In June 2022, he presented a chronic suprapubic wound with serous discharge, which was first attributed to postoperative scars and thought to be complicated by a fistula. Bacterial swabs revealed an Escherichia coli infection, and topical antiseptic agents were used chronically to clean the wound. The patient, who was self-conscious of the wound, was not present for regular check-up and was also actively hiding the mass from physicians and nurses during hemodialysis sessions. It took several months before proper evaluation of the mass was conducted.

He then presented in December 2022 with the same wound with continuous serous discharge and a large palpable suprapubic mass that was not detectable in previous physical examinations, as well as a weight loss estimated at 10% of total body mass in 3 months and complaints of dysuria.


Imaging with positron emission tomography and computed tomography (PET-CT) (Fig. 2) showed a voluminous heterogeneous mass along the course of the urachus with heterogeneous fluorodeoxyglucose (FDG) uptake. Pelvic magnetic resonance imaging (MRI) (Fig. 3) performed in December 2022 revealed a large mass following the path of the urachus. It should be noted that this mass was not initially described on a previous abdominal computed tomography (CT) scan in April 2022 (Fig. 4), but retrospective examination of the images demonstrated that the mass was already present.

Click for large image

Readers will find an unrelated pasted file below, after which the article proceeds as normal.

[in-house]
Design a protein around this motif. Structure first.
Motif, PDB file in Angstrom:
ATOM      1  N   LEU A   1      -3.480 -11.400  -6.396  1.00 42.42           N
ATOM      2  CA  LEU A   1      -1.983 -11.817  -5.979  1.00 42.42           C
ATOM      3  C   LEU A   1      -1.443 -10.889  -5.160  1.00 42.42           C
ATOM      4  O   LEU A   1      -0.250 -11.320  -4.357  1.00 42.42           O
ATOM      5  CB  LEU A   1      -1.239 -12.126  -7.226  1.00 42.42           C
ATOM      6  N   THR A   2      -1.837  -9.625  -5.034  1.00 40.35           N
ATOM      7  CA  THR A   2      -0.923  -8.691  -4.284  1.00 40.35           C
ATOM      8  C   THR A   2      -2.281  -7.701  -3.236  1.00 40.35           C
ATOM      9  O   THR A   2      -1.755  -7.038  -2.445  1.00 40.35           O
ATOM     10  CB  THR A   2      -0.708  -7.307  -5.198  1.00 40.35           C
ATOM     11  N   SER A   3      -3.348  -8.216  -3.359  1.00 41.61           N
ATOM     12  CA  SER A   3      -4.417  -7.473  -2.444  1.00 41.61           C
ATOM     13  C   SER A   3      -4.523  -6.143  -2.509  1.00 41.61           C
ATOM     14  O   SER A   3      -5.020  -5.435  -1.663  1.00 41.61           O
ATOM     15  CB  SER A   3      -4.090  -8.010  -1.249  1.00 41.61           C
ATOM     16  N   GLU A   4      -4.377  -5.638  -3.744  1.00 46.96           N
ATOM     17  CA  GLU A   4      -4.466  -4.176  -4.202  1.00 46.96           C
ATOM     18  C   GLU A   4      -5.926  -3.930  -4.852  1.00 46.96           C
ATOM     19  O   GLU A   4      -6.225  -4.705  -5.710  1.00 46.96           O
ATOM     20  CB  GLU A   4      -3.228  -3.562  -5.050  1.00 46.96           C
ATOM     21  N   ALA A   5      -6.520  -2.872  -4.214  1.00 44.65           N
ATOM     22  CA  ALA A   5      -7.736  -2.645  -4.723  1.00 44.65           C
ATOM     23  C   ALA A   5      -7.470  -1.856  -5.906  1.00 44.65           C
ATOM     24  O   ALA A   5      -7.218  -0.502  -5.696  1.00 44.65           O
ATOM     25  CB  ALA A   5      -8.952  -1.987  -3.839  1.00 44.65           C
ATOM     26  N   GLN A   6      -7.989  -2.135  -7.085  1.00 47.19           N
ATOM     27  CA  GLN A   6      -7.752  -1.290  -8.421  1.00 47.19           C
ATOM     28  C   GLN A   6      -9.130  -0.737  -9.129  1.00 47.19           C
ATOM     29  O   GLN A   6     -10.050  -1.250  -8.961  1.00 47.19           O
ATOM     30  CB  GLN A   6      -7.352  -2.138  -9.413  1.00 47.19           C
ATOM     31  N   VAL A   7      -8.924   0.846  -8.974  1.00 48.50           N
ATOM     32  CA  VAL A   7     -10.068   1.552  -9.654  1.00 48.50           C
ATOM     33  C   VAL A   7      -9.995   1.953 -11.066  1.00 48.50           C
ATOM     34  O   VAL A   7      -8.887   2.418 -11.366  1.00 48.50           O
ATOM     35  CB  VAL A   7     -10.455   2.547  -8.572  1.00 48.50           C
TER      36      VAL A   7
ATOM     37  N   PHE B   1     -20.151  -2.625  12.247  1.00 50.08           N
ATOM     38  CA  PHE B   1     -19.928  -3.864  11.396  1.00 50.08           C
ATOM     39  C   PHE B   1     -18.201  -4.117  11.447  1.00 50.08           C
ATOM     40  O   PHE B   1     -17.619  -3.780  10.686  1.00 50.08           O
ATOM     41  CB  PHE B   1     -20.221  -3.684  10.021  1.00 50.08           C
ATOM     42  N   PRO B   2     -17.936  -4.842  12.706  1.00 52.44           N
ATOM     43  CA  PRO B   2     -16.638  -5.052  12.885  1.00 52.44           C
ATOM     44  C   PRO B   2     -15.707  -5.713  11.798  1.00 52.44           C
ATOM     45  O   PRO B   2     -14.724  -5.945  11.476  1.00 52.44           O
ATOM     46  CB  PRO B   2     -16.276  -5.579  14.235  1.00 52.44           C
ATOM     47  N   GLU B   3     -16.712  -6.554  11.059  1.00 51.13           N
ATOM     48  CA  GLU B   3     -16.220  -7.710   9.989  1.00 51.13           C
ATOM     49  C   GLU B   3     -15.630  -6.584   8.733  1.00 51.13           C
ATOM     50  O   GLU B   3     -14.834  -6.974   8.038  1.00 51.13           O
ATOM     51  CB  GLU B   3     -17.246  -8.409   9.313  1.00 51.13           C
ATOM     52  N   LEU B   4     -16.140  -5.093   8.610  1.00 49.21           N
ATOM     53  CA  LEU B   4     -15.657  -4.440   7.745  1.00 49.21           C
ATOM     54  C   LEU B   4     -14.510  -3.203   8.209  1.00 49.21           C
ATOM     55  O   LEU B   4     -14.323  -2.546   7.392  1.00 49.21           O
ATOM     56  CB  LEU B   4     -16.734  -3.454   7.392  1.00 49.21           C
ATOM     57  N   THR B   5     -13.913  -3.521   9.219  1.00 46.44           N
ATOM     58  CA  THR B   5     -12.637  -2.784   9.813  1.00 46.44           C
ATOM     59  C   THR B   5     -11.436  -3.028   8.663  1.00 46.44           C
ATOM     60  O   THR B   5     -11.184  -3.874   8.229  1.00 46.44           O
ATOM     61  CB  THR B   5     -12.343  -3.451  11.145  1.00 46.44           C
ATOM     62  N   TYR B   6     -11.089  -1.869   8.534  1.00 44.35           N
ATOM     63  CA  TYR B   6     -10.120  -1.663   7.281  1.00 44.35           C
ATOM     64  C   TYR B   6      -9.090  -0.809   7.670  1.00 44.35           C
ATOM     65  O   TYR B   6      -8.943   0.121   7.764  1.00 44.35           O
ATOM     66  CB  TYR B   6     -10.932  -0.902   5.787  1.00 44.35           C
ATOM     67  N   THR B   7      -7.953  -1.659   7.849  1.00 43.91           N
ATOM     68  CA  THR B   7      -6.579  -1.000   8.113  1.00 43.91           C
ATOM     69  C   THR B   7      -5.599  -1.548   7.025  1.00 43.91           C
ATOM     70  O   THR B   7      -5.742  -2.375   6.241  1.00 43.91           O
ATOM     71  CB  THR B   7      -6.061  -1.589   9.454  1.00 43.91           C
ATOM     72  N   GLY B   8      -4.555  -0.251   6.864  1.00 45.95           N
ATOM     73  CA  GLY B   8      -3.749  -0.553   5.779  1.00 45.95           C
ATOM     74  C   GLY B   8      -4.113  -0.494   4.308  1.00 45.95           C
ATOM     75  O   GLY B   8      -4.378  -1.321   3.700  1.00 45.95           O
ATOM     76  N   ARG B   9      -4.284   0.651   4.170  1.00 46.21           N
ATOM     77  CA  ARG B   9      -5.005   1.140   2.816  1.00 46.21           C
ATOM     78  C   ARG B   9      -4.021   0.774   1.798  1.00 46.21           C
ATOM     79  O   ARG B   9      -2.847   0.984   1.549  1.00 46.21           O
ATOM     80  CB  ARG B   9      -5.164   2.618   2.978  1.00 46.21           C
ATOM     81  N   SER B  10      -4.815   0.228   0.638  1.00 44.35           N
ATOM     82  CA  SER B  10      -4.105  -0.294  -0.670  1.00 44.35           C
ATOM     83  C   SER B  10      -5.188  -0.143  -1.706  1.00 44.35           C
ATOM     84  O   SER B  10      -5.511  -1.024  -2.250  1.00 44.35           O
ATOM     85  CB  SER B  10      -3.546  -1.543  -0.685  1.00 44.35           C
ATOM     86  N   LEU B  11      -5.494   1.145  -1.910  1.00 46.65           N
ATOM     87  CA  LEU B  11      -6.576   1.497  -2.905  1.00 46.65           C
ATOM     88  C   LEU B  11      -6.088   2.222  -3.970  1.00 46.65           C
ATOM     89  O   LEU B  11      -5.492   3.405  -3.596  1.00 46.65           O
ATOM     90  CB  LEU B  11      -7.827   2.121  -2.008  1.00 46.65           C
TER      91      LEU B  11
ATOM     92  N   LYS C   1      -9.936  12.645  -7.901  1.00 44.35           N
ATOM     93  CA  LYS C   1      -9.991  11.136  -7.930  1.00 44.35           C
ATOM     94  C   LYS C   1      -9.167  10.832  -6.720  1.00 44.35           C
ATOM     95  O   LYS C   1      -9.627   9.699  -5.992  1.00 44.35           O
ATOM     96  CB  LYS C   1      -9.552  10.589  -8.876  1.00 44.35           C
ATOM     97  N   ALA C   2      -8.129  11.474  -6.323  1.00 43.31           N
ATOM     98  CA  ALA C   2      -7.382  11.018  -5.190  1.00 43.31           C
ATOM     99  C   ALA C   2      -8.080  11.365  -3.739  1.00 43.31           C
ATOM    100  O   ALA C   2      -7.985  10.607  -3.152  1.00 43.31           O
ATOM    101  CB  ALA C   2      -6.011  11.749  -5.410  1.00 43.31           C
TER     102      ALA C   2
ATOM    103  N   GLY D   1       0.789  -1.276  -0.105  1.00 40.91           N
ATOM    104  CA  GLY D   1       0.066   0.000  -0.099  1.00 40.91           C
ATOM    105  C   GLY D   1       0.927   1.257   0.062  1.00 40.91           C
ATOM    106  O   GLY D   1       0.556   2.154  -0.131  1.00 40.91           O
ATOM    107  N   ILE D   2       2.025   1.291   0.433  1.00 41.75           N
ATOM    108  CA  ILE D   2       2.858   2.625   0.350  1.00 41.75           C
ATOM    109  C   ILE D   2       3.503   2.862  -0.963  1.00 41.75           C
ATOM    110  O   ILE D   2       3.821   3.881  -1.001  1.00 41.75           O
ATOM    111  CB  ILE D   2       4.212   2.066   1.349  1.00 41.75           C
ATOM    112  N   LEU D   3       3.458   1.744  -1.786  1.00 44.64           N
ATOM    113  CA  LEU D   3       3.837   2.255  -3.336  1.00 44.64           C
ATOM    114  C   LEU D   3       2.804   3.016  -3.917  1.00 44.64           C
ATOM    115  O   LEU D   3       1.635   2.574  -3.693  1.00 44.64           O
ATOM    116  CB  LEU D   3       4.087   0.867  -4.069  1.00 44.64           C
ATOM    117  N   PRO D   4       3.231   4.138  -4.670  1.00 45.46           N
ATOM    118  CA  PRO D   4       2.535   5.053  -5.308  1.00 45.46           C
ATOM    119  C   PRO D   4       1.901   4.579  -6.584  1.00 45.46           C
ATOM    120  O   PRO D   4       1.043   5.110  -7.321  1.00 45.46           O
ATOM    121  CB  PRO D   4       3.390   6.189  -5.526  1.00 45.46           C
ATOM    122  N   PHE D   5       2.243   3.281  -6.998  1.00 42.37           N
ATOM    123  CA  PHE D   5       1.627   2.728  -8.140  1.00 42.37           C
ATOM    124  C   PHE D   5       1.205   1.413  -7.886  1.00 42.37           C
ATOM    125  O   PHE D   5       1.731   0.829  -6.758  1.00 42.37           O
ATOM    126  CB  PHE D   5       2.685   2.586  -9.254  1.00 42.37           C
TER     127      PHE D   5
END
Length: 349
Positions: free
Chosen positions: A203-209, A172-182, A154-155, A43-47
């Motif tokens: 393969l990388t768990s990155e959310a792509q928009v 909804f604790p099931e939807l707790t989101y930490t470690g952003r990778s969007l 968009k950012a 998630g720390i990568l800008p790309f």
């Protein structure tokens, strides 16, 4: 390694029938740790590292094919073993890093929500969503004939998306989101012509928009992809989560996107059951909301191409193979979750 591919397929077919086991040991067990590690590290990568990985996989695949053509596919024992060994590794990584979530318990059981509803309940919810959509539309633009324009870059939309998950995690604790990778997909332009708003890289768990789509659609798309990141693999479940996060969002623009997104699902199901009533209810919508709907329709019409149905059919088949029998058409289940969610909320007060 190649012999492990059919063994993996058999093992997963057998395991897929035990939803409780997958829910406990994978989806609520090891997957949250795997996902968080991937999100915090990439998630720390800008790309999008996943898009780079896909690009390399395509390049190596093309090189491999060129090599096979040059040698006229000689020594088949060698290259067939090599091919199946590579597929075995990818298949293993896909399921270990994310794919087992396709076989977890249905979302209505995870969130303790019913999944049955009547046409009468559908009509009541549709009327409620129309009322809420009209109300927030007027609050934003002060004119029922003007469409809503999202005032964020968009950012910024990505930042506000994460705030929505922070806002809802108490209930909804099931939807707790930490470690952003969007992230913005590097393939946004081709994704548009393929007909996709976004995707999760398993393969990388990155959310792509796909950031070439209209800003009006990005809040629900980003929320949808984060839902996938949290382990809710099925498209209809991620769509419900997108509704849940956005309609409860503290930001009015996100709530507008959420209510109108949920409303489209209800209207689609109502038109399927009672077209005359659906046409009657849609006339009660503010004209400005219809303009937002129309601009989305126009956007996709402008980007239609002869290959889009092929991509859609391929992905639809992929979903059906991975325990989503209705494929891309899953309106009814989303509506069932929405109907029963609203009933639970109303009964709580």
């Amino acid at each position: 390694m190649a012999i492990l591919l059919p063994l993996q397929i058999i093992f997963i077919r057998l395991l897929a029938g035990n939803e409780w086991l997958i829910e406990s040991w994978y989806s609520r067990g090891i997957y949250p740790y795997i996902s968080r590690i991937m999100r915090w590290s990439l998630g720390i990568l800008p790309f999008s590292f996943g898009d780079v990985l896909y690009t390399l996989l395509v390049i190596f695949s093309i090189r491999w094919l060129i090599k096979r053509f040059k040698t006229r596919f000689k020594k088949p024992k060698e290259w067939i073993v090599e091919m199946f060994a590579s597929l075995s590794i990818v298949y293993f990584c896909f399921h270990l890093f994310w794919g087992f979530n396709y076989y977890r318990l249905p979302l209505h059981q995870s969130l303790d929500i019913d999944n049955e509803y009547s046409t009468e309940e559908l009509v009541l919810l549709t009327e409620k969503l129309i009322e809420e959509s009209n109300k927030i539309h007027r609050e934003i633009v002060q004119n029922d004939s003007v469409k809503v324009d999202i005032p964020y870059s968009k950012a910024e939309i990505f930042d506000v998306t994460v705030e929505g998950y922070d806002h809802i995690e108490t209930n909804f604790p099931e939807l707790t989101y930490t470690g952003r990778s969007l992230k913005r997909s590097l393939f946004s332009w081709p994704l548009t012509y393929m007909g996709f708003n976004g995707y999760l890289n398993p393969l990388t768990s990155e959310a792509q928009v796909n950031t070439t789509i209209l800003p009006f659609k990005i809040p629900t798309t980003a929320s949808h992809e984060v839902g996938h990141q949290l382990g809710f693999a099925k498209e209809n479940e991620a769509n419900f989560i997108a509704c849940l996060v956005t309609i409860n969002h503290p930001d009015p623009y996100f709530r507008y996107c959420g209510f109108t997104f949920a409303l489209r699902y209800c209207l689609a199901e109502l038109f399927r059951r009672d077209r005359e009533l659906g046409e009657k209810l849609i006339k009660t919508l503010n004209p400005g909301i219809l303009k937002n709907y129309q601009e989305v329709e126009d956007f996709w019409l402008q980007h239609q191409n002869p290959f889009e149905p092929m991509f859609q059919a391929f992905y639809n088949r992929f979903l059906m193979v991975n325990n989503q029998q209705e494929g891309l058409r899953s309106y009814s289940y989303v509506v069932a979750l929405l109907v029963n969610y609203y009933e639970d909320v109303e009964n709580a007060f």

Figure 2. 18F-FDG PET/CT. Sagittal CT view (a) and axial fusion imaging view (b). Voluminous heterogeneous mass along the course of the urachus with heterogeneous FDG uptake. PET/CT: positron emission tomography/computed tomography; FDG: fluorodeoxyglucose; CT: computed tomography.

Click for large image
Figure 3. Abdominal MRI. T2-weighted sagittal view (a) and T1-weighted axial view after gadolinium injection (b). Heterogeneous enhancement of the mass. MRI: magnetic resonance imaging.

Click for large image
Figure 4. Abdominal CT scan without contrast, sagittal (a) and axial (b) views. Midline heterogeneous solid lesion (asterisk) overhanging the antero-superior wall of the bladder and extending toward the umbilicus. CT: computed tomography.

This discovery was quickly followed up by an echo-guided transabdominal biopsy showing large cylindric cells with large nuclei and anisonucleosis, consistent with adenocarcinoma.

The case was discussed during a multidisciplinary oncological meeting, with staging IVA, cT4N1Mx.

Treatment and outcomes

Multidisciplinary oncological decision judged the tumor to be too advanced for curative treatment and no specific oncological treatment could be organized. The patient started palliative care and died 2 months later in February 2023.


This case depicts a patient with long standing history of Crohn’s disease, with multiple complications due to disease progression and poor follow-up, as well as the development of a rare type of cancer in the same patient.

Our patient’s history highlights the necessity for long-term multidisciplinary follow-up of Crohn’s patients. Indeed, many of those patients may develop complications involving the kidneys and urinary tract.

A recent review of renal manifestations in IBD by van Hoeve et al [4] summarized the different types of renal lesions that can be caused by IBD. The most common of these lesions are urinary lithiasis, with oxalate and other types of urinary stones [3, 4]. These patients are also at risk of postrenal obstruction secondary to chronic inflammation and fibrosis of intra-abdominal tissue but also from fistulation and infectious complications [2-4]. Drug-induced nephropathy is another mechanism by which these patients can have renal injury. Almost all medications used to treat IBD can be implicated, although it is most frequently with calcineurin inhibitors. The final causes are the different extraintestinal manifestations of IBD that involve the kidneys. As these are manifestations of the disease itself, they are well correlated with the extent of bowel disease activity [4].